Challenges for Captive Animals
Animal enrichment practices originated in zoos and labs as it was observed that animals with barren cages which lacked toys, beds and other items showed signs of poor health and physiological distress. By providing forms of enrichment such as toys and bedding, it allowed captive animals to display their natural behaviors such as hiding, playing and resting which then improved their welfare.
With indoor pets, it’s especially important to provide enrichment practices as our pets can become bored, restless, frustrated, and stressed while living in a home or apartment with other people and/or pets. They can express their emotions through behaviors such as aggression, over-grooming, pacing, or stereotypies (repetitive behaviors). When we have an indoor pet the responsibility falls on us to make sure the animal has a stimulating environment.
Animal Enrichment Practices For Cats
The University of Edinburgh breaks animal enrichment into six categories of practices which include: physical, occupational, feeding, sensory, cognitive and social enrichment. I’ve laid out each one and provided examples for how they can be applied to cats.
Physical enrichment: Physical enrichment includes places to hide or sleep. Providing beds, boxes and tall places for cats will provide them with places to rest, hide and explore. Cats naturally like to seek the highest place to view their territory so they will appreciate a scratching post or even shelves.
Occupational enrichment: Occupational enrichment is a code word for toys. Cats are insatiably curious and will love a variety of toys including ribbons, cat toys, feather toys and of course, cardboard boxes.
Feeding enrichment: Feeding enrichment includes activities related to food. In nature, animals spend a great deal of energy and time searching for food. Making them do some work for their food is one form an enrichment that can be done by hiding treats or by using food toys. Providing variety to their diet is another form of enrichment. Cat grass is also a good supplemental food that most cats will enjoy.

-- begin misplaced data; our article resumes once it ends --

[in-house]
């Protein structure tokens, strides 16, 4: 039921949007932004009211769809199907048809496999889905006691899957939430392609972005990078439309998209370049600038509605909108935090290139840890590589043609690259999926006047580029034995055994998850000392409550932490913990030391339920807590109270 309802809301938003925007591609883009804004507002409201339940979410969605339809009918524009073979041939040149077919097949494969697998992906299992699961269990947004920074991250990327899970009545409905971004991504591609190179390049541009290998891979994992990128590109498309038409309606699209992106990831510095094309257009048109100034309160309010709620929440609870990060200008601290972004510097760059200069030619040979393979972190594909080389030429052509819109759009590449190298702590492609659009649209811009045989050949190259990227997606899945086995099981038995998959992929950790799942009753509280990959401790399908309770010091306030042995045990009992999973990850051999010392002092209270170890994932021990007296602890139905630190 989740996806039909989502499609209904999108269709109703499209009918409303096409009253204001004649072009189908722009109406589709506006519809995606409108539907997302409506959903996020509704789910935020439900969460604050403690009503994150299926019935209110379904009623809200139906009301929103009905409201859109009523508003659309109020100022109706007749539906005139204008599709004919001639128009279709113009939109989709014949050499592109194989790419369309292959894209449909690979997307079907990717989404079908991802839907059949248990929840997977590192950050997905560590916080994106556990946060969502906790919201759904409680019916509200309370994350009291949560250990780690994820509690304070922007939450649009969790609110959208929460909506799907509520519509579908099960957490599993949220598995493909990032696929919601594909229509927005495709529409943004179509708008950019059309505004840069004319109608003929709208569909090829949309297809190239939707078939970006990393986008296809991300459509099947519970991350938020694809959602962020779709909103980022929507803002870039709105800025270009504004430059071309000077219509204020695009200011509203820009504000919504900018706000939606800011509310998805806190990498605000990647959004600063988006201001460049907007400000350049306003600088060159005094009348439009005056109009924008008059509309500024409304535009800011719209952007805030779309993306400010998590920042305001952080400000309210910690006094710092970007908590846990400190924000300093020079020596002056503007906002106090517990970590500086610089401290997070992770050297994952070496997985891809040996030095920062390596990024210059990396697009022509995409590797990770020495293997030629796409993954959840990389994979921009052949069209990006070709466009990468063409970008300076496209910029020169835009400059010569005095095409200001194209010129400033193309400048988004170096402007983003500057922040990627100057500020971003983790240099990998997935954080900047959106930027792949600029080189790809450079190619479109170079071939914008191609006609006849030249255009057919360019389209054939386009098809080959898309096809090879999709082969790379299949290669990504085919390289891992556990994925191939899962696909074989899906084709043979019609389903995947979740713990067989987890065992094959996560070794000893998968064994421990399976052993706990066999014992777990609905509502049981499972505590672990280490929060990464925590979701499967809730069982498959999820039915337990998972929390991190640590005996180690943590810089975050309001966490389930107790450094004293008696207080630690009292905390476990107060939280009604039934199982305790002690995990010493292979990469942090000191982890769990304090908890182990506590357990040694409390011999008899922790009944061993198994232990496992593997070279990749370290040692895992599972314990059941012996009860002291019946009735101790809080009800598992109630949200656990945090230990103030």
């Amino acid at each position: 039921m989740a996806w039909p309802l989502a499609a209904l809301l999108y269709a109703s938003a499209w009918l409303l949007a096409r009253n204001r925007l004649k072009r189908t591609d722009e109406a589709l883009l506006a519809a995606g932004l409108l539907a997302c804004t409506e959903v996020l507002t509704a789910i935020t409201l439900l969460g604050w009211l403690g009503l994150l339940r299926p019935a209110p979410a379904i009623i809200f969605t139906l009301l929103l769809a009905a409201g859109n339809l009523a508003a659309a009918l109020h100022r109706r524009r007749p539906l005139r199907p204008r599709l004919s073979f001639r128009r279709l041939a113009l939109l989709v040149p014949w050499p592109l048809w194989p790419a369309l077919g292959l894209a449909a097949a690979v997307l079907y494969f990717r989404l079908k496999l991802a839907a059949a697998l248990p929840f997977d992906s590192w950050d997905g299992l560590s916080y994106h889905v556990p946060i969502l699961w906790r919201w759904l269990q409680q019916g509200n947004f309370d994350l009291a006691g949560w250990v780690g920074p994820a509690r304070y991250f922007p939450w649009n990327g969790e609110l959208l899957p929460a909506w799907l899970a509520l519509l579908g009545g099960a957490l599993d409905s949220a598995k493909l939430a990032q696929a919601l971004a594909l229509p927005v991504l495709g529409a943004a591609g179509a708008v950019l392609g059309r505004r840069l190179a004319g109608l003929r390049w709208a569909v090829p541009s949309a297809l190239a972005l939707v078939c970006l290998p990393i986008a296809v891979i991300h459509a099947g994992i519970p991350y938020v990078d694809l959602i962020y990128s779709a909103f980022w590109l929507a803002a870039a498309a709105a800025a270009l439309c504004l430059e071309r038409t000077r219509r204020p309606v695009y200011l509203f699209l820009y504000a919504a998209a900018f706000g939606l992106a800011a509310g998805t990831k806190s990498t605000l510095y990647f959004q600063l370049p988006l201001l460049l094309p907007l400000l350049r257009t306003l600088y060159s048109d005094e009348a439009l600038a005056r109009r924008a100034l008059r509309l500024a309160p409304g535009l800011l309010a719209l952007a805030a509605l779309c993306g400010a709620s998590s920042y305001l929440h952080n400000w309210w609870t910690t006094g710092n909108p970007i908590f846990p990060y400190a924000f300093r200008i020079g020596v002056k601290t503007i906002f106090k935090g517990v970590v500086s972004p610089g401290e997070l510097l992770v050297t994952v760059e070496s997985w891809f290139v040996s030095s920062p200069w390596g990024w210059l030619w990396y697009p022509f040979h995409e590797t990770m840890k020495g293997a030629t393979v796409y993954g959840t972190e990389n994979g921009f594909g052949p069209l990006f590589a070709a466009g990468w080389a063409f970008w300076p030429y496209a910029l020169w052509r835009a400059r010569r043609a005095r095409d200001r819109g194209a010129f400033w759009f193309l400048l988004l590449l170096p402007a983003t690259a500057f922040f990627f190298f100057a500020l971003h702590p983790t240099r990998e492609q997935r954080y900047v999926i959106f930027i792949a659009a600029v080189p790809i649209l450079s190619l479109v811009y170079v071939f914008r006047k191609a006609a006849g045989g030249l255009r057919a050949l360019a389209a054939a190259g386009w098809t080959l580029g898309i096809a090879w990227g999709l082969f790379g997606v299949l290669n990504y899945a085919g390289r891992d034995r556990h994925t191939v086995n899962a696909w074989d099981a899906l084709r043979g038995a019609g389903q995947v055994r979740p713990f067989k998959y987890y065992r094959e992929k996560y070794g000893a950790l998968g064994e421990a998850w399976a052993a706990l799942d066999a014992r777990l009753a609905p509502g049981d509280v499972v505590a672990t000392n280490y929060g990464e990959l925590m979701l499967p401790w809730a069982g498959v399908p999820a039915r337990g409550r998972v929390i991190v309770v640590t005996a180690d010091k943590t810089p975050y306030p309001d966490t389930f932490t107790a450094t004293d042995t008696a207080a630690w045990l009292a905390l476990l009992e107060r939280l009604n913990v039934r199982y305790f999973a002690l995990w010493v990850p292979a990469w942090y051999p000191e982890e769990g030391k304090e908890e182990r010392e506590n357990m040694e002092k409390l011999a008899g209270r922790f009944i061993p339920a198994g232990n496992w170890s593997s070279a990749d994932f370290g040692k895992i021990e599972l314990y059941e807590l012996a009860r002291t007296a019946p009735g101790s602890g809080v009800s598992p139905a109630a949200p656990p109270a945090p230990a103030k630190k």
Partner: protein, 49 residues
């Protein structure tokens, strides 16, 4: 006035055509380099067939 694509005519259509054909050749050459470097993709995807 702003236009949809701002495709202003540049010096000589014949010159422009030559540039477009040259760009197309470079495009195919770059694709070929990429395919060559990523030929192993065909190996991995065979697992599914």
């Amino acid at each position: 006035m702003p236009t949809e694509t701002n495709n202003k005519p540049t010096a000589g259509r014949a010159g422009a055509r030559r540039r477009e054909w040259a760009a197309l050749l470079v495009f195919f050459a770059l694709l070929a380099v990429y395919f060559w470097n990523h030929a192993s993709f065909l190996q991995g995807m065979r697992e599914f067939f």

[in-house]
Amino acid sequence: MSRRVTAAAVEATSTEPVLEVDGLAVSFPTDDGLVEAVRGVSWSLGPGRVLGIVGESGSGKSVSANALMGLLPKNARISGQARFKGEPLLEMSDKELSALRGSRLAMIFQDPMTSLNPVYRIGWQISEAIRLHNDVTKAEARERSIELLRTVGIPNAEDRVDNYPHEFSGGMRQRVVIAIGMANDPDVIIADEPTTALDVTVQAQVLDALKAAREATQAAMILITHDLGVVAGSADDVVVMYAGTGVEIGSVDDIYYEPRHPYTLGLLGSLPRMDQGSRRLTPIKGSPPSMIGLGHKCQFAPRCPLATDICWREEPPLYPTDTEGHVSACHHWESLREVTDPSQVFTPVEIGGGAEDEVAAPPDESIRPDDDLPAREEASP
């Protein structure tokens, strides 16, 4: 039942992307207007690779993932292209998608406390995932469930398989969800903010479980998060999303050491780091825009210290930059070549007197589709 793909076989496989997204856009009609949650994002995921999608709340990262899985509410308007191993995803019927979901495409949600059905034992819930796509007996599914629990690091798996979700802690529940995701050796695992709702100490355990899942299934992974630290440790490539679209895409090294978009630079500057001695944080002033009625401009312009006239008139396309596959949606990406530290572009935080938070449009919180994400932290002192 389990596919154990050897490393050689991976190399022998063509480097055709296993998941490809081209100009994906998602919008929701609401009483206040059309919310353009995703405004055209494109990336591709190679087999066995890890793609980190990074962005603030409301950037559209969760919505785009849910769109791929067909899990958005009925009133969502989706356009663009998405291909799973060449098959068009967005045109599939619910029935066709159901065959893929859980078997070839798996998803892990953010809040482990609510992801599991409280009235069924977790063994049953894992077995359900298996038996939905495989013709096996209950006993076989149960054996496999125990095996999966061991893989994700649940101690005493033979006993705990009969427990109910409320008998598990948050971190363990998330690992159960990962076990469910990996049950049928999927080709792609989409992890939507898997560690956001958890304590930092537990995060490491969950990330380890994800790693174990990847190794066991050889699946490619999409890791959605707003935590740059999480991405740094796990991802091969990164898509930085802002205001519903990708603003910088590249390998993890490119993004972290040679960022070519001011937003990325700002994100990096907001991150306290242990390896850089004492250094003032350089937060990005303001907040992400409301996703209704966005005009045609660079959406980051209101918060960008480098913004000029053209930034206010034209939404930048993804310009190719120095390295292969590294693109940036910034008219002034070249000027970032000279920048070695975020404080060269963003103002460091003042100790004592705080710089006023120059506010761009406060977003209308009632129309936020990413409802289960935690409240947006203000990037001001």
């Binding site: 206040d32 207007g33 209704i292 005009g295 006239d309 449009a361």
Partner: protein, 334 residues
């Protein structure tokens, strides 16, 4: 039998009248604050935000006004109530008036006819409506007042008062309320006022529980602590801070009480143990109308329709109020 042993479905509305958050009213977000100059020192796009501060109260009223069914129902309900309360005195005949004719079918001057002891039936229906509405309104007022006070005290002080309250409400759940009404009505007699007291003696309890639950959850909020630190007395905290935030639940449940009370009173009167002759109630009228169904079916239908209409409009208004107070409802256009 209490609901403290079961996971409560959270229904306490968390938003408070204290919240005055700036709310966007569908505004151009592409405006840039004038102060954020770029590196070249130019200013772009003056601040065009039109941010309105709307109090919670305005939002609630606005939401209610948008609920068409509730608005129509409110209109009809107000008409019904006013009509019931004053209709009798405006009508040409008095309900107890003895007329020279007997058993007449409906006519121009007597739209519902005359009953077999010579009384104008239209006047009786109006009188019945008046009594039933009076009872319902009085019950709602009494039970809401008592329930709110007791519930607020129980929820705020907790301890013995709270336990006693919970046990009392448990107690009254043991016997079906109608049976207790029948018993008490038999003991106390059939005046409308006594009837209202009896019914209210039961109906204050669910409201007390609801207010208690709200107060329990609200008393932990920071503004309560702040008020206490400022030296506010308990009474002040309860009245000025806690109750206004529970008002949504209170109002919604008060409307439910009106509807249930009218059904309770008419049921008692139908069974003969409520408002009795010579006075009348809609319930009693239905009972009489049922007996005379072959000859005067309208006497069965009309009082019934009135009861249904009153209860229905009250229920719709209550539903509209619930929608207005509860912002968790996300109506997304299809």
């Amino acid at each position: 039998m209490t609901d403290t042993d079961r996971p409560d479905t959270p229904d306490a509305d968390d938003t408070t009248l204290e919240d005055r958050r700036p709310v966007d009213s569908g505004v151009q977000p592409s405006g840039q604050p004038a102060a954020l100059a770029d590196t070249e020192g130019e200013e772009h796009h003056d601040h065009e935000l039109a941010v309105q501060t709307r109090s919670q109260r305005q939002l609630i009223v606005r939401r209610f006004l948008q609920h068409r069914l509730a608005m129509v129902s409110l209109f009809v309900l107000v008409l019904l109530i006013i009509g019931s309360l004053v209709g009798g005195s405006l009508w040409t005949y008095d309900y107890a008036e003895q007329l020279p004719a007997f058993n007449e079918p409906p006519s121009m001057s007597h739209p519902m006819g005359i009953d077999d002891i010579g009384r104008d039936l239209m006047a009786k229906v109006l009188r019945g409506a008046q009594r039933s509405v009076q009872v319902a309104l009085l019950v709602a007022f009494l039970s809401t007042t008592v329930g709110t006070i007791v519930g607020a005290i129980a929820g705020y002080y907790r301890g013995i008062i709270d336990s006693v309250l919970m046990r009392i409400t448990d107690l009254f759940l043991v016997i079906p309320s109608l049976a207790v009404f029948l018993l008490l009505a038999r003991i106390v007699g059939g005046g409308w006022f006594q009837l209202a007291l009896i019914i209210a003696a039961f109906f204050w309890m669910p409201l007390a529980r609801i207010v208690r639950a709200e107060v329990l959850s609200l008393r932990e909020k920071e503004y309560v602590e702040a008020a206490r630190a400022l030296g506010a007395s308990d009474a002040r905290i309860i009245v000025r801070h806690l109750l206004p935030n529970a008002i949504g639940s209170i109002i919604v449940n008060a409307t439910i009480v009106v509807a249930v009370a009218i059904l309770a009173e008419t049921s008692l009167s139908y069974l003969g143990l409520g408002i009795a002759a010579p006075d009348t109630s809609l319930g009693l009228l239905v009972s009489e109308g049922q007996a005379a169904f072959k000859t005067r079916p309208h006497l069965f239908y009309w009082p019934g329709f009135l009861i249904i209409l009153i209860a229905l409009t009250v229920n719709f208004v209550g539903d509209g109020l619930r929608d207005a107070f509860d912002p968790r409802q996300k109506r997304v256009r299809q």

Sensory enrichment: Sensory enrichment includes activities related to smell, sound, or sight. This can include having plenty of scratching posts for cats to sharpen their claws on, playing classical music when you’re away and even taking them on walks if they are harness trained.
Cognitive enrichment: Cognitive enrichment involves mental challenges. This can be done with toys or even food-related challenges.
Social enrichment: Social enrichment involves the companionship of other animals (that they get along with each other) and human companions. You can spend quality time with your pet during petting time or brushing sessions.
When deciding on enrichment needs for your animals, consider your specific animal and also inform yourself on their unique needs as a species. Enrichment practices should aim to enhance their experiences within their environment, bring out their positive emotions of play and seeking and evoke their curiosity and natural behaviors.
Animal enrichment is just one component of good animal welfare as explained by the Five Freedoms. It’s especially important to pet animals as they’re removed from much of the natural stimuli they would find in more wild habitats. The more choices your animal can make about how it spends its time within its environment, the happier they will be and happier we will be for them.
Using Food Puzzles To Bring Out a Cat’s Natural Desire to Hunt During Meal Time
Darden, H. (2019, March 27). Food puzzles for cats enrich lives, a new study says. The Sacramento Bee. Retrieved from: Full link here